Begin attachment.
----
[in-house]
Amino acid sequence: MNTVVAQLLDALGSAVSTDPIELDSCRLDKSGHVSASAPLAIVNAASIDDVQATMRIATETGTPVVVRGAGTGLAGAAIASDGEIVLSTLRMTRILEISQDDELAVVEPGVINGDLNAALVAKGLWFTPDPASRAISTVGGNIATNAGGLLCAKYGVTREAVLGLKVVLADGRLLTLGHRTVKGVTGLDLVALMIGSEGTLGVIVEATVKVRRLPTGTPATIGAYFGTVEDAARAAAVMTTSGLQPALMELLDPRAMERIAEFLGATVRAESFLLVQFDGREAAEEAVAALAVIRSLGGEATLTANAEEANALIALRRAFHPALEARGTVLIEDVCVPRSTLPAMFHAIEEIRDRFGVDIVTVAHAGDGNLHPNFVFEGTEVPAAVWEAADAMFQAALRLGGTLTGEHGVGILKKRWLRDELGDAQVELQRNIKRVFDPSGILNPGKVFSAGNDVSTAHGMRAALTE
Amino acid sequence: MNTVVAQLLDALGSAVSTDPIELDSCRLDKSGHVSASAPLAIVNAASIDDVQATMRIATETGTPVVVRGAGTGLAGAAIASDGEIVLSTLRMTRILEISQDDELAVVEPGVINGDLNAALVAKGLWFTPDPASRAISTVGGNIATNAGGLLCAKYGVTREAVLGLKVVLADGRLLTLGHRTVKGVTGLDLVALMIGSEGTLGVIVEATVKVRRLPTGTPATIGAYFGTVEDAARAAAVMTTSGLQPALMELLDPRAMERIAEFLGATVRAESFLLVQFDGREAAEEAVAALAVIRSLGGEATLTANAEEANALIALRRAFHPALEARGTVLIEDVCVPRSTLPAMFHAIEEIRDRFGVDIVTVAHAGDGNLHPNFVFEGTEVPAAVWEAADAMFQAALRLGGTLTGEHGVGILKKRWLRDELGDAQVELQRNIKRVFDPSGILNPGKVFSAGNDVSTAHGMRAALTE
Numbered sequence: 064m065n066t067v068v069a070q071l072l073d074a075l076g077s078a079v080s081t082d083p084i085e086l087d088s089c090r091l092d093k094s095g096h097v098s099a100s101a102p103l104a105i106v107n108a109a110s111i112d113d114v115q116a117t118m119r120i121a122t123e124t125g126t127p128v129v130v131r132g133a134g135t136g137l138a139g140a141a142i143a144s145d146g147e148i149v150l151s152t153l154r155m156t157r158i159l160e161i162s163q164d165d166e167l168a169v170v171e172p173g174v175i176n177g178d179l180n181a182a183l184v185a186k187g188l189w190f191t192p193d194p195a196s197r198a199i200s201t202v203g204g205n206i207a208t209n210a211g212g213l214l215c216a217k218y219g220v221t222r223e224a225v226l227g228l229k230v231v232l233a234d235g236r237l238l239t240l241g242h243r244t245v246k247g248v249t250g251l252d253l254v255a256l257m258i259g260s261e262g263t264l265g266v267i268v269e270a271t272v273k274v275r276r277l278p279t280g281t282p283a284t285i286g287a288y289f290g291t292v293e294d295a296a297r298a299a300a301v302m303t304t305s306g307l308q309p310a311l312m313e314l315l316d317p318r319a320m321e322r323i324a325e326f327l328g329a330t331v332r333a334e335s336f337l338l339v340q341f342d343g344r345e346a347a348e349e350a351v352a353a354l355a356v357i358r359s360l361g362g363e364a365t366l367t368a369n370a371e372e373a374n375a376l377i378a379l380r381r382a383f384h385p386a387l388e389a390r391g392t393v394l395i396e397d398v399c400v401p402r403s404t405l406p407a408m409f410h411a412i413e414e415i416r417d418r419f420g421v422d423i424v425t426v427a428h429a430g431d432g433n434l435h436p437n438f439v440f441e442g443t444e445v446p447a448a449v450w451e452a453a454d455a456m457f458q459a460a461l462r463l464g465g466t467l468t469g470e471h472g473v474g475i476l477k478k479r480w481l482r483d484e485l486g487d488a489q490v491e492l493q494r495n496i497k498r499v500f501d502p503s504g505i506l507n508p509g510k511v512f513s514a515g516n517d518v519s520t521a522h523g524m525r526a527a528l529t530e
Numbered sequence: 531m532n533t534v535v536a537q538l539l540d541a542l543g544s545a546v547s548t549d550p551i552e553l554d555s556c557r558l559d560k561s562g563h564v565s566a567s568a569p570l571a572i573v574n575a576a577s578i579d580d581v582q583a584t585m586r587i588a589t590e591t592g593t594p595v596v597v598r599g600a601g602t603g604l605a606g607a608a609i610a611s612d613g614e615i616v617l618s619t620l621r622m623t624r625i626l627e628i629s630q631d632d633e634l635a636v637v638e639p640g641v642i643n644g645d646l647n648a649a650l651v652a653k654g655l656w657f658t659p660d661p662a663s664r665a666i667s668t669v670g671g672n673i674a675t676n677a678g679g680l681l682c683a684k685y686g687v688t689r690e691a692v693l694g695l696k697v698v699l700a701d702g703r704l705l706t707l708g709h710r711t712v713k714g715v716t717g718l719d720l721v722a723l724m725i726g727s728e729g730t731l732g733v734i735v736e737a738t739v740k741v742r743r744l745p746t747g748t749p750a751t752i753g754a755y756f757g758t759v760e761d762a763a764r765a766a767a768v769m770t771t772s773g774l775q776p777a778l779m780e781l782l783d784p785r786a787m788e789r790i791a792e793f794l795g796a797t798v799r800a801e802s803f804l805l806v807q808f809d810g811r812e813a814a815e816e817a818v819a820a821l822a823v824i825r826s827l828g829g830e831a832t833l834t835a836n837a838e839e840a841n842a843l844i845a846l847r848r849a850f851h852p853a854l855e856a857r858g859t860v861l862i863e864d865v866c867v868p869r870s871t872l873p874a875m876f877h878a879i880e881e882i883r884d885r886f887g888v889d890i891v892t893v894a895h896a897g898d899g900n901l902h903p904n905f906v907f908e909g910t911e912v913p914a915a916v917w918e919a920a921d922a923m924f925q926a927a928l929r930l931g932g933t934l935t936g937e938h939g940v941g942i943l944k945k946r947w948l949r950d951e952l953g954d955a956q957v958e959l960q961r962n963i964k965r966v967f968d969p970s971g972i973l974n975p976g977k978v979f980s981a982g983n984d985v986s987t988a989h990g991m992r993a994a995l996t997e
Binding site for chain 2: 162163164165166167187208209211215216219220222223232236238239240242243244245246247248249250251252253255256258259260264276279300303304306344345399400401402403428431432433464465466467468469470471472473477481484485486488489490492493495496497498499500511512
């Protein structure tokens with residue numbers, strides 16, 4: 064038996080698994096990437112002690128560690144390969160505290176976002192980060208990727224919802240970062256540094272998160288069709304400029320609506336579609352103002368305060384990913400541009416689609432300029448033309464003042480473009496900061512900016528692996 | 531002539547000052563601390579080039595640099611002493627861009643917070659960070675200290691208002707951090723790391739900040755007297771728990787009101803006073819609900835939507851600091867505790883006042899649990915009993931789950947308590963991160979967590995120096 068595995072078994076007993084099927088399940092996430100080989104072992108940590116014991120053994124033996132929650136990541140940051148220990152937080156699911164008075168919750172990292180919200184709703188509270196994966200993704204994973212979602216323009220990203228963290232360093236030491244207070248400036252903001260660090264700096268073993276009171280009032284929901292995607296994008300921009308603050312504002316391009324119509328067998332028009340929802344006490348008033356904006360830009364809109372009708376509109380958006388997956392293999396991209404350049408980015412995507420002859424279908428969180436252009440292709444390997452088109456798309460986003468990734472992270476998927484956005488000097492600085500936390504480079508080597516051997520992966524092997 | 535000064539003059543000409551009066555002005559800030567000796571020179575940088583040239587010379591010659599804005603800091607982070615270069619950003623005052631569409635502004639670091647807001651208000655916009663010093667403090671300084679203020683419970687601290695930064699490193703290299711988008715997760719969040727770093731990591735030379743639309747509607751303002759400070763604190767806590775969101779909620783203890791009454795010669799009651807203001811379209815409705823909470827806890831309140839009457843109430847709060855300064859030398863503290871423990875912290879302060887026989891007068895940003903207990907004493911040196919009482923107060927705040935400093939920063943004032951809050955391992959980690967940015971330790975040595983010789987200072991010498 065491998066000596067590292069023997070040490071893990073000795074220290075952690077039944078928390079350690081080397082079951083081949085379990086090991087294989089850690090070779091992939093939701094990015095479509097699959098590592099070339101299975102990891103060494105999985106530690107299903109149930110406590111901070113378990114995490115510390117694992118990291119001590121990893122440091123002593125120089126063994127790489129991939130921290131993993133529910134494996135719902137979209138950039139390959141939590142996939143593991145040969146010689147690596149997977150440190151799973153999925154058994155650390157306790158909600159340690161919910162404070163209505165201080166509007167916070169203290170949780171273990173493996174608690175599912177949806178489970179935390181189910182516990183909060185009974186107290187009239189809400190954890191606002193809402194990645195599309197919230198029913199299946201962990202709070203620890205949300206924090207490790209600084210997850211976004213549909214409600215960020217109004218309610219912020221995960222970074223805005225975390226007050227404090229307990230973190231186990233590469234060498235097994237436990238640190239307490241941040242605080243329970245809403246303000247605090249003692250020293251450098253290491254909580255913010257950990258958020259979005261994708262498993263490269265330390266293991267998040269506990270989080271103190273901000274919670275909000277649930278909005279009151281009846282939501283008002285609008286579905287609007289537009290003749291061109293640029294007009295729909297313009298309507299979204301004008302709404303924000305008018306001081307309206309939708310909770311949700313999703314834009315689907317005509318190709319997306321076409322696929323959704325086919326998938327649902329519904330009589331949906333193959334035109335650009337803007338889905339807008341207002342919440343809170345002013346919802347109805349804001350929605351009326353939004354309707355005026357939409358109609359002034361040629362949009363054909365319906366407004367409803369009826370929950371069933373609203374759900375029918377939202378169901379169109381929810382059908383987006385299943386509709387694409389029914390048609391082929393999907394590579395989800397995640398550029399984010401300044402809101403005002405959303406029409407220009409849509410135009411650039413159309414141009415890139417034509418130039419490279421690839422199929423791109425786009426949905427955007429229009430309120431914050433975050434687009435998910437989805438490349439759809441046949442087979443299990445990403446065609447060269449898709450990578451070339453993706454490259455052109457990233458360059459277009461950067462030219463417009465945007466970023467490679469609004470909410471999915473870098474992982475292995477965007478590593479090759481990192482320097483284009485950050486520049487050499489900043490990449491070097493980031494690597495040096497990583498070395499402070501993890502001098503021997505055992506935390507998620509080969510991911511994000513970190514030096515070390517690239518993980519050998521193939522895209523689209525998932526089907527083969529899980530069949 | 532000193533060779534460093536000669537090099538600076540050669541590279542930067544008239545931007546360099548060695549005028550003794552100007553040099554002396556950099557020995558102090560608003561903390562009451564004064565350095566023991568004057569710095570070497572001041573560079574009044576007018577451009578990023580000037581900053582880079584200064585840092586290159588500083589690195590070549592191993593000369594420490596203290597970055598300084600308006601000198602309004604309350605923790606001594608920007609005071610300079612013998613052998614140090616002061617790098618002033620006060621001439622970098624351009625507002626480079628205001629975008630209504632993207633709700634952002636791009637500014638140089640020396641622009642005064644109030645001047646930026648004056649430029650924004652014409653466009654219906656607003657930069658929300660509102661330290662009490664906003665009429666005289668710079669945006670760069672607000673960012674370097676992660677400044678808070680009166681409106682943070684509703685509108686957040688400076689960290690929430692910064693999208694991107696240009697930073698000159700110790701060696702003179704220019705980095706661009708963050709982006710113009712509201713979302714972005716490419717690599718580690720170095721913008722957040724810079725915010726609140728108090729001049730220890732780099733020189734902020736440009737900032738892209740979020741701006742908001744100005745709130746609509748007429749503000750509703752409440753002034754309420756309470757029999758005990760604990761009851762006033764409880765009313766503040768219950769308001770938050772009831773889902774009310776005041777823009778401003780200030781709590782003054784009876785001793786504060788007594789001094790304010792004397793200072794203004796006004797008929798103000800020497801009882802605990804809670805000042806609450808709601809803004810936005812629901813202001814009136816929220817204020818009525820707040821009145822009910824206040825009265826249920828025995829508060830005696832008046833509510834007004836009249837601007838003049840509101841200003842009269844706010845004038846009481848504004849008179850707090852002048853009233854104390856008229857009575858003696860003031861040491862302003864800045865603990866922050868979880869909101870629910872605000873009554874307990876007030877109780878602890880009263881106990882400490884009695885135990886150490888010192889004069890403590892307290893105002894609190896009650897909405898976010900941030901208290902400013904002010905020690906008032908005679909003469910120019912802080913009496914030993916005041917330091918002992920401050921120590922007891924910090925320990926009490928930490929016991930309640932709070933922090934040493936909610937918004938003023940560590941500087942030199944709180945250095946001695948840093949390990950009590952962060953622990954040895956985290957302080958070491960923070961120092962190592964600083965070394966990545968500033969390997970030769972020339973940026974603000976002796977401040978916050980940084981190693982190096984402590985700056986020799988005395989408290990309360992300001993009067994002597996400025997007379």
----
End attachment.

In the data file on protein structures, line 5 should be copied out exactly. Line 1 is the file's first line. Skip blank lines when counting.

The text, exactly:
Numbered sequence: 531m532n533t534v535v536a537q538l539l540d541a542l543g544s545a546v547s548t549d550p551i552e553l554d555s556c557r558l559d560k561s562g563h564v565s566a567s568a569p570l571a572i573v574n575a576a577s578i579d580d581v582q583a584t585m586r587i588a589t590e591t592g593t594p595v596v597v598r599g600a601g602t603g604l605a606g607a608a609i610a611s612d613g614e615i616v617l618s619t620l621r622m623t624r625i626l627e628i629s630q631d632d633e634l635a636v637v638e639p640g641v642i643n644g645d646l647n648a649a650l651v652a653k654g655l656w657f658t659p660d661p662a663s664r665a666i667s668t669v670g671g672n673i674a675t676n677a678g679g680l681l682c683a684k685y686g687v688t689r690e691a692v693l694g695l696k697v698v699l700a701d702g703r704l705l706t707l708g709h710r711t712v713k714g715v716t717g718l719d720l721v722a723l724m725i726g727s728e729g730t731l732g733v734i735v736e737a738t739v740k741v742r743r744l745p746t747g748t749p750a751t752i753g754a755y756f757g758t759v760e761d762a763a764r765a766a767a768v769m770t771t772s773g774l775q776p777a778l779m780e781l782l783d784p785r786a787m788e789r790i791a792e793f794l795g796a797t798v799r800a801e802s803f804l805l806v807q808f809d810g811r812e813a814a815e816e817a818v819a820a821l822a823v824i825r826s827l828g829g830e831a832t833l834t835a836n837a838e839e840a841n842a843l844i845a846l847r848r849a850f851h852p853a854l855e856a857r858g859t860v861l862i863e864d865v866c867v868p869r870s871t872l873p874a875m876f877h878a879i880e881e882i883r884d885r886f887g888v889d890i891v892t893v894a895h896a897g898d899g900n901l902h903p904n905f906v907f908e909g910t911e912v913p914a915a916v917w918e919a920a921d922a923m924f925q926a927a928l929r930l931g932g933t934l935t936g937e938h939g940v941g942i943l944k945k946r947w948l949r950d951e952l953g954d955a956q957v958e959l960q961r962n963i964k965r966v967f968d969p970s971g972i973l974n975p976g977k978v979f980s981a982g983n984d985v986s987t988a989h990g991m992r993a994a995l996t997e